4. Kelly Stanton ESA: In December 2021, TAG members were invited by City staff to a field meeting to review proposals for emergency replacement of a culvert under the path leading into the ESA from the London Hyde Park Rotary Trail west of Hyde Park Road. The old culvert was in poor condition. The City and ESA Team proposed installation of a larger replacement culvert at the same location. TAG members supported the proposed culvert replacement.
5. Lower Dingman ESA: TAG members provided email comments about a small modification to the trail in the Lower Dingman ESA. A dead-end section of trail has been closed to reduce the temptation of visitors to enter private property.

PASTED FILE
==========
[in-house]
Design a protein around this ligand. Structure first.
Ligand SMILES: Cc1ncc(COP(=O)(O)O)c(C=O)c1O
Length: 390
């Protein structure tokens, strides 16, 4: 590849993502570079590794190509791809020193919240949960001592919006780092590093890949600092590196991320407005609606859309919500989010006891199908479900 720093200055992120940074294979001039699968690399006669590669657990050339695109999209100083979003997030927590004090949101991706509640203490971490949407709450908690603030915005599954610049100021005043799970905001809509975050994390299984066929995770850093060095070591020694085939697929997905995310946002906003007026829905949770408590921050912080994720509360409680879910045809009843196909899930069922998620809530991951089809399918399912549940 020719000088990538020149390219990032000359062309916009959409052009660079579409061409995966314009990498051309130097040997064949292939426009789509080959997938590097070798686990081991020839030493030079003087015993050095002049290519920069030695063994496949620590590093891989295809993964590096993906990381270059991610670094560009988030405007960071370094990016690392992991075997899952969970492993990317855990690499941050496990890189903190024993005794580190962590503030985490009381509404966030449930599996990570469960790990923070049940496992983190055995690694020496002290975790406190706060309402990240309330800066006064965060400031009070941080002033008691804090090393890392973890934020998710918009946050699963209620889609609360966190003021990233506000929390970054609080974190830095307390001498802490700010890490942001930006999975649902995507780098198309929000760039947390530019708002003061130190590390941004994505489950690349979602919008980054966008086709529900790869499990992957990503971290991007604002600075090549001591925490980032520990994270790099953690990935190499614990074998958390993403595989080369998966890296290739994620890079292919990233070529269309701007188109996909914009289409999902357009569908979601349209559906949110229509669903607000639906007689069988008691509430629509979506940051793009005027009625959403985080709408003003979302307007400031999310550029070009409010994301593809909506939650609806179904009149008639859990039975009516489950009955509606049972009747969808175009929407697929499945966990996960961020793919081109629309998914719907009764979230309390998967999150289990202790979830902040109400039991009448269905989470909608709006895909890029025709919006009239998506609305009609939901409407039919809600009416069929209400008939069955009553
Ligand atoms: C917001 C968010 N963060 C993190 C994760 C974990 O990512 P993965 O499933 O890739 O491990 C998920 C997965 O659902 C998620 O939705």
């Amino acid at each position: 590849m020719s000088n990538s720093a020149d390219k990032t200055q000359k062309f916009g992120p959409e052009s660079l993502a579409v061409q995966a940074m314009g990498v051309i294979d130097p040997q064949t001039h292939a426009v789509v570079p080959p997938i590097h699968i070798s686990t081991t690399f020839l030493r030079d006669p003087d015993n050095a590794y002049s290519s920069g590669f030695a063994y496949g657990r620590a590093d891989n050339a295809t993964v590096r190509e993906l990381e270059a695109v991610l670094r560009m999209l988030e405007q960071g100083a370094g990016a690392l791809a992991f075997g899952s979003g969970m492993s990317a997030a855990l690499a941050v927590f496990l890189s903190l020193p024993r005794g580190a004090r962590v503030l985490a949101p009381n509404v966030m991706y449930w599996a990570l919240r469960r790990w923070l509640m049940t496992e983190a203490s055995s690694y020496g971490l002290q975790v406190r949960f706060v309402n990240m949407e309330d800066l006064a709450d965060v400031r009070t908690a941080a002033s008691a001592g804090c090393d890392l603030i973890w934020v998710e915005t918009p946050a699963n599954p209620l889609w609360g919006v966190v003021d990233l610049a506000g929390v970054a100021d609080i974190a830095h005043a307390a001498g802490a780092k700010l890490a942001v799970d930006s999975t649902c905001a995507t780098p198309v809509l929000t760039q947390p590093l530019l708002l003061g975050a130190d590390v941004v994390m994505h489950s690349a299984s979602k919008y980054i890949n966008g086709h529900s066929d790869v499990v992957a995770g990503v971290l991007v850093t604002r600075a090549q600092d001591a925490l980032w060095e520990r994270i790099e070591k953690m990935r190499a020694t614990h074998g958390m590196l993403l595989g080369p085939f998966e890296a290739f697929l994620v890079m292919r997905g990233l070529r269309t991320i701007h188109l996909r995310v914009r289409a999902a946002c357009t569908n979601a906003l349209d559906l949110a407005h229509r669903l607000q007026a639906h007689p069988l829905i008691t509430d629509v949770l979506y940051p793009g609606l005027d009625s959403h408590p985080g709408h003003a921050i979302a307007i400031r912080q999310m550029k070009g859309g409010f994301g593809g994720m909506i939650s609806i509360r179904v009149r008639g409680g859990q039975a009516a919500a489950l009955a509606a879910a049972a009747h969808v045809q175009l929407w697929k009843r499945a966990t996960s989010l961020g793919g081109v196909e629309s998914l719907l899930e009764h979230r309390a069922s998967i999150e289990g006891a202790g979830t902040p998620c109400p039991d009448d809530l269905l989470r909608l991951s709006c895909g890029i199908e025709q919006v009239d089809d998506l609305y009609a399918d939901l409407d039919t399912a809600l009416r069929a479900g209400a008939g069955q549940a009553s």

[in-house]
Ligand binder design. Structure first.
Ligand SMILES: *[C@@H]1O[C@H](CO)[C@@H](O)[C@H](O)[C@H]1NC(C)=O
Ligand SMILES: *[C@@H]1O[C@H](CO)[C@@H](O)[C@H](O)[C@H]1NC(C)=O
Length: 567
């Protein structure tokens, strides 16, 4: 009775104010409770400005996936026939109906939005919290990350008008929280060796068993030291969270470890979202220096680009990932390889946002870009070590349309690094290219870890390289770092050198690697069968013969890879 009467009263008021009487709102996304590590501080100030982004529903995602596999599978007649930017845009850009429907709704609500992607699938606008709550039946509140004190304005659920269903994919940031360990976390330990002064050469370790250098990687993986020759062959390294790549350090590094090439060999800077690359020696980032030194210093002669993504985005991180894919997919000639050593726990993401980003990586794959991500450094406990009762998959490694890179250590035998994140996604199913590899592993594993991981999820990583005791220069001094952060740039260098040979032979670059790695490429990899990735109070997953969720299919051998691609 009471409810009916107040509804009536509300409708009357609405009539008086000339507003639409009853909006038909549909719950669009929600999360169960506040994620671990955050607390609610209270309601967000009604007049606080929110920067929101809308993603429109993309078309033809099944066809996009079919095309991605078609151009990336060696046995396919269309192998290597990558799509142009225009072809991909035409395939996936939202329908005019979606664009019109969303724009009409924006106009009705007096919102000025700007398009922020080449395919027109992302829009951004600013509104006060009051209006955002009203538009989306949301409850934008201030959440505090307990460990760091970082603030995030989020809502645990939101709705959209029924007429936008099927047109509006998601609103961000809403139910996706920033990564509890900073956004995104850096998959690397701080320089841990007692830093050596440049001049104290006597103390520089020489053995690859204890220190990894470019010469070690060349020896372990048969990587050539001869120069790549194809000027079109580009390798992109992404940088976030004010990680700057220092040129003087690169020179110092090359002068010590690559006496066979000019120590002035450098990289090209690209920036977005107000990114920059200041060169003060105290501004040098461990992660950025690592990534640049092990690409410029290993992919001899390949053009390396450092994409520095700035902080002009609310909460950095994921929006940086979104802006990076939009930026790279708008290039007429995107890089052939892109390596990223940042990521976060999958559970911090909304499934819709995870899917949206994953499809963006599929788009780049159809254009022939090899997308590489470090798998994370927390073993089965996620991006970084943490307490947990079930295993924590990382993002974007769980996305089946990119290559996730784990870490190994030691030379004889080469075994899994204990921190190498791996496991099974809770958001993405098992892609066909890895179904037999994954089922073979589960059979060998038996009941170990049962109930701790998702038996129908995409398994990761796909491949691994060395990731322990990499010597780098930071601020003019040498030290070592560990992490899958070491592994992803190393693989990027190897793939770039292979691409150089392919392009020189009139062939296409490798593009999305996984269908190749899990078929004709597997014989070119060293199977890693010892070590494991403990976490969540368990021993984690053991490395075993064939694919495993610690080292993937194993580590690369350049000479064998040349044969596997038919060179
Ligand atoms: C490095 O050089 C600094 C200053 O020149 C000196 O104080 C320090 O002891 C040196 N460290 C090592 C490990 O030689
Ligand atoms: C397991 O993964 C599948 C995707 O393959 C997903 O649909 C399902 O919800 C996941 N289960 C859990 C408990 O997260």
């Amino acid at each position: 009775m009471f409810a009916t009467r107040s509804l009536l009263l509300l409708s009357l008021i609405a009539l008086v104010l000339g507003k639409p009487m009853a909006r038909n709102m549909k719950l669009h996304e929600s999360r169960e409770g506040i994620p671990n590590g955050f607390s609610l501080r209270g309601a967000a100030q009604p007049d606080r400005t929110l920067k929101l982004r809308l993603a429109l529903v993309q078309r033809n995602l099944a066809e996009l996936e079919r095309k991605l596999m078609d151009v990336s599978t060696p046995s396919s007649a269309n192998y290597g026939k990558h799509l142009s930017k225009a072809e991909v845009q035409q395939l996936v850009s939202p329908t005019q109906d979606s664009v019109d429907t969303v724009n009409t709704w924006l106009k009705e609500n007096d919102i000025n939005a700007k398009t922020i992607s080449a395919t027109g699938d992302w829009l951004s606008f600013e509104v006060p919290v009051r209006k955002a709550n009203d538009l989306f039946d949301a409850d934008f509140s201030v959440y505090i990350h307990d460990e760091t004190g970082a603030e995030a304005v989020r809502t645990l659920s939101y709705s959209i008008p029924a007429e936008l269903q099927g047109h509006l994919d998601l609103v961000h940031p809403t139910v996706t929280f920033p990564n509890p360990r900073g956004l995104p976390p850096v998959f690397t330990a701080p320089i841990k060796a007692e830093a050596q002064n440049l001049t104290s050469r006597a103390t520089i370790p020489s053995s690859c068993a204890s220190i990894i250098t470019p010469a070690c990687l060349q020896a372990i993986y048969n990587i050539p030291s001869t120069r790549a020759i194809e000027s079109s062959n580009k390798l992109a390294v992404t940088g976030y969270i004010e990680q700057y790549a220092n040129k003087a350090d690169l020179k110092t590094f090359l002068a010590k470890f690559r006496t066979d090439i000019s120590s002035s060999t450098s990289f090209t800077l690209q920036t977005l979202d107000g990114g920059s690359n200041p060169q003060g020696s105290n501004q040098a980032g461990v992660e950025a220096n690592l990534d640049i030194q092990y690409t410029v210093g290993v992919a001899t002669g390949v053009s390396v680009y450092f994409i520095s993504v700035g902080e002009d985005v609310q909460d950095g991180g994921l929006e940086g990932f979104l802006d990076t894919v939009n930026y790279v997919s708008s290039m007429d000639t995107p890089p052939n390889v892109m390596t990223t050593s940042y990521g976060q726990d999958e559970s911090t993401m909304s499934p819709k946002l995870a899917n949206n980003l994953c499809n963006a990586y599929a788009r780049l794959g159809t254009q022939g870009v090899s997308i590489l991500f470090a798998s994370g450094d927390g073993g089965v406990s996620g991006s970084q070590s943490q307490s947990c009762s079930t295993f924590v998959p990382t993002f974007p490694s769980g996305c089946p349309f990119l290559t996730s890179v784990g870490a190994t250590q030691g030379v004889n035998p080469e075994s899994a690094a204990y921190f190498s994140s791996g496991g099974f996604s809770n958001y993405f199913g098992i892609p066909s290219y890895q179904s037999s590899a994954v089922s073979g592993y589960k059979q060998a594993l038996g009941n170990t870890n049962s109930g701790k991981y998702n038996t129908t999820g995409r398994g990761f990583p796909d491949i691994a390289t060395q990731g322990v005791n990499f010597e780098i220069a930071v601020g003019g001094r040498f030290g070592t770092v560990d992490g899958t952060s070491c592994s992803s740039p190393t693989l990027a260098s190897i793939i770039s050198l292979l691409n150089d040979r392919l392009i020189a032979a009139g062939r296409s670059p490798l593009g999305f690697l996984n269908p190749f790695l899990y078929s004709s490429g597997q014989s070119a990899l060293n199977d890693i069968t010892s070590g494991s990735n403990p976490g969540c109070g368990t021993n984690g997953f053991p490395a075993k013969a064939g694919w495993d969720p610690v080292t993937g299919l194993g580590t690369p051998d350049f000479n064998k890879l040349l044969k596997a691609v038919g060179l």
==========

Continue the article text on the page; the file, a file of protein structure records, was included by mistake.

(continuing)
City Hall Updates
1. The Coves ESA: In September 2021, City Council approved zoning amendments that allow construction of two 15-storey apartment towers at 250-272 Springbank Drive, adjacent to The Coves ESA, immediately west of the West Pond. Approval was granted by the Ontario Municipal Board in 2015. The apartment buildings will tower over the slope on the west side of the West Pond, which has long been a roosting/feeding area for heron species that live at the Coves. The CAC is concerned about possible detrimental effects of light pollution and increased human presence on the birds there. The Coves continues to be a city gem that must be protected for migrating birds and to provide habitat for many species.